“You have twenty minutes to write down as much as you can on this piece of paper before we erase your memory,” the Doctor explained and slid a blank sheet of paper across the table. “It is entirely up to you how much you write. If you even want to write anything.”
“Thank you,” I said without looking up.
I placed the tip of the pen against the top left corner of the paper expecting that even though I hadn’t been able to decide what to write beforehand that it would just come to me. The Doctor left the room and sealed me alone with the stark white walls and furniture. It was as spotless as my memory would be in twenty minutes. And the paper would match it if I couldn’t figure out what I wanted to remember.
With no family, friends or relationships to speak of it wasn’t even worth a single word to talk about what had happened to them or why I was alone. Better and easier to start with a clean slate than to begin my life anew by reading about the pain and heartbreak I suffered.
What I could write about are the innumerable talents that I possess, but I can’t trust that somebody won’t read the document while I’m undergoing treatment and work out that they could use me. That will just have to be something I rediscover on my own and hopefully put to better use than I did the first time around.
I run through every memory good or bad that comes to mind and decide that none of it is worth remembering. The childhood growing up in foster homes and orphanages always on the run from something or someone. Having to fend for myself from the age of twelve because I was too clever for my own good. Being drafted into the Movement and discovering that I was not the smartest, fastest or bravest kid around. None of it was necessary for the future me to know.
As the door opened and I realised that I didn’t have any more time I wrote the only three words that I knew would help me.
I flipped the sheet of paper before the Doctor could read what I had written or see how little there was. If he was going to read it anyway he could easily turn it over, but he had promised that they were not interested in knowing any details of their patients’ lives. Past or future.
“Are you ready?” he asked, looking at the clipboard in his hands.
“What happens If I’m not?” I asked as I rested the pen in a position that I would know if it had been moved. Before I remembered that in a minute I wouldn’t know I had done it in the first place.
“We go ahead with the procedure anyway. We just ask so that you can pretend you are making the final decision before we begin.”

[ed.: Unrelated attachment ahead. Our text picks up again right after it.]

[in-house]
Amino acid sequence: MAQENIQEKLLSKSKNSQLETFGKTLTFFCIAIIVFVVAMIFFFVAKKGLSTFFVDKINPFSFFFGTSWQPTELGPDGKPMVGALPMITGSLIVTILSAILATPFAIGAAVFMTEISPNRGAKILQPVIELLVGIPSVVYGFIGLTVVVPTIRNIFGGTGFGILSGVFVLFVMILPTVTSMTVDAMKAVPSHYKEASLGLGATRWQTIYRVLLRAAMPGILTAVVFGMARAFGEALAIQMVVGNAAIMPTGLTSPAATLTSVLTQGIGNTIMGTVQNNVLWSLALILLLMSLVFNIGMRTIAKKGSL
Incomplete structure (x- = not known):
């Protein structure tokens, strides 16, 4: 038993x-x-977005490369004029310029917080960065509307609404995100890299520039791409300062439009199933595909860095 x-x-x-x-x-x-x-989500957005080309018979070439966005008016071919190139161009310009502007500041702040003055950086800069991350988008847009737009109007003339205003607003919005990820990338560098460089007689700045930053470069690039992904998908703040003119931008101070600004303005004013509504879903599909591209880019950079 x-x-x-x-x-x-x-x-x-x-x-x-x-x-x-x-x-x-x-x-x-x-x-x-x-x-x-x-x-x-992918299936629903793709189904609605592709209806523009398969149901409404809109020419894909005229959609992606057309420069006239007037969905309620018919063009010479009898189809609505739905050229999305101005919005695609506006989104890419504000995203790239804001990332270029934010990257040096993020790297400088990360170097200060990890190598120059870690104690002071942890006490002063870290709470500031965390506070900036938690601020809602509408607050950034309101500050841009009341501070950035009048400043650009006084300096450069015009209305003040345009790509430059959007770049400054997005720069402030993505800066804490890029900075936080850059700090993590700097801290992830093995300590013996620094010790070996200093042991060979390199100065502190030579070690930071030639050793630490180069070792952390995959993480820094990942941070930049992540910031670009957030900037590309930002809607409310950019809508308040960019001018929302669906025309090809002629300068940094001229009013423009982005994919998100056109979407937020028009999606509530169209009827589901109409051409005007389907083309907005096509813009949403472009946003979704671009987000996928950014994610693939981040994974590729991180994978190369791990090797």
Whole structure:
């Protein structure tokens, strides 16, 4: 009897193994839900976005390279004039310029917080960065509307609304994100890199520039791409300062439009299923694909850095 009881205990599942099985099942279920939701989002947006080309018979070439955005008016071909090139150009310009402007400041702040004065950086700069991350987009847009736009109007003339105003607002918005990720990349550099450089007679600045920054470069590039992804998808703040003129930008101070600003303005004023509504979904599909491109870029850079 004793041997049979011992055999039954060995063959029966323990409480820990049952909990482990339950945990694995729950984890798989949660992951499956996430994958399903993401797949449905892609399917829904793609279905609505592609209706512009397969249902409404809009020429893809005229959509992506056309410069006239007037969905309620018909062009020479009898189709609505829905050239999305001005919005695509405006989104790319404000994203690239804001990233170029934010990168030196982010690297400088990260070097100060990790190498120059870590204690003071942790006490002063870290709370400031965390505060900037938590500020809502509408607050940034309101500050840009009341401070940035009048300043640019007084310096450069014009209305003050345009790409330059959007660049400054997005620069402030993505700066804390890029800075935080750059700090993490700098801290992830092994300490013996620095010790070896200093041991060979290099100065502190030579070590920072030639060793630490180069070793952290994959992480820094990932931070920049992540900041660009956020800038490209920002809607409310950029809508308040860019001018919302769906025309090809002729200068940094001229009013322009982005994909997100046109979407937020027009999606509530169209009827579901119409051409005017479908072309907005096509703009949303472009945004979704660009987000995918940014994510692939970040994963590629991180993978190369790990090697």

“Because I’ll remember that it was my decision in a minute,” I responded sarcastically.
“Some people find it comforting,” the Doctor said, heading towards the door.
“People are idiots. How can they forget that this isn’t happening by choice just because you ask them a basic question?”
The Doctor shrugged and said, “When you forget what you’re doing here read your note and then get up and follow the blinking lights on the floor and walls.”
“How am I supposed to remember to follow those instructions if I forget everything?” I asked, but he closed the door before hearing me out.
I didn’t know how the memory wipe was going to happen to me, just that I would forget everything. So while I still could I closed my eyes and took myself back to my favourite place. I held onto the memory for but a moment before I forgot what I was doing.
When I opened my eyes I saw an unfamiliar white room with a blinking sign on the door ahead of me. Read, it said.
I looked down and pushed aside the pen to uncover the blank piece of paper. I didn’t know how I was supposed to read nothing until I flipped the page over. The three words jumped off of the page at me and the strange calmness I had been feeling disappeared.
I almost tripped over the chair as I rushed to put my back against the wall behind me.
The three words could have been written by anyone but the writing seemed oddly familiar even though I couldn’t say why. The message however was simple and one that I knew I had to follow.
Don’t trust anyone.